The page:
A lot of things were bound to change under the Trump administration. And so far, many of the changes have come courtesy of the Department of Justice. This week, Attorney General Jeff Sessions, a former Alabama senator, announced that the Justice Department will expand civil forfeiture programs, which allow law enforcement to seize people’s cash, homes, and other possessions in the name of punishment.
The procedures were created during Prohibition and regained popularity at the height of the War on Drugs in the 1980s to ensure that no criminal could keep the profits of their criminal activity, which in theory makes some logical sense. You bust a drug dealer, and seize the cash, product, and any possible possessions that came from their drug money pending prosecution as a way to send a message to people to not commit crimes. Depending on your view of crime and effective prosecution, that might seem like a prudent thing for law enforcement to do.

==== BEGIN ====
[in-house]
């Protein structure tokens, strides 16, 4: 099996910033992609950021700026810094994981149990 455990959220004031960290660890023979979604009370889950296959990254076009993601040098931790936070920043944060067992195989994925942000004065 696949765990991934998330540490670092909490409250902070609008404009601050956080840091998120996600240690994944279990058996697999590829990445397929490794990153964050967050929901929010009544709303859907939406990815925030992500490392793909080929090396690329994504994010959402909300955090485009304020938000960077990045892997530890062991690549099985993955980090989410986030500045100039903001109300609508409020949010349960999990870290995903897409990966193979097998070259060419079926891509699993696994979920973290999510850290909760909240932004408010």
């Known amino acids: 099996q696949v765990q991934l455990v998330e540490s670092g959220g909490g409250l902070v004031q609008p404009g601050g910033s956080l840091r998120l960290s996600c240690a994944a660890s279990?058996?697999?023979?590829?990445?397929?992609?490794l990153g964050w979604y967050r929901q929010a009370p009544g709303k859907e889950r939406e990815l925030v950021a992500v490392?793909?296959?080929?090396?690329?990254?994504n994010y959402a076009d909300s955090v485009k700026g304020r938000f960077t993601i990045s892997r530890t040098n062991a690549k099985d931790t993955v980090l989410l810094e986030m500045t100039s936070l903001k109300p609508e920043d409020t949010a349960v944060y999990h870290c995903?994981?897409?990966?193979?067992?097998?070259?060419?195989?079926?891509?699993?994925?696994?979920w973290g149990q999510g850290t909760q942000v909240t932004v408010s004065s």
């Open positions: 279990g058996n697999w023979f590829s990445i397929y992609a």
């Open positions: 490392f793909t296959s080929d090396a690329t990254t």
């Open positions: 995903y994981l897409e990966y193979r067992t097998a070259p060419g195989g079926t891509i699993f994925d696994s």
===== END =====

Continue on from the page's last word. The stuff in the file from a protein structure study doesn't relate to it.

But in practice, it just doesn’t work. Instead, it allows police officers to seize someone’s money, car, or even their home on mere suspicion — in many cases, the person hasn’t even been charged with a crime, let alone prosecuted or convicted. And even if the person isn’t charged with a crime at all, the government keeps those assets.
According to a March report by the Justice Department’s Office of the Inspector General, from 2007 to 2016, the Drug Enforcement Administration obtained $3.2 billion in cash seizures without filing any charges against the people from whom they took the money. And it’s not easy to get that money back.
Here’s the thing: A lot of times, lower-income people and people of color are the target of criminal investigations. Cash, for example, can be seized during traffic stops that result in no charges at all. And that money could be everything the person has in their checking account. It’s likely not a lot of money, either, but it means everything to the individual from whom it was seized.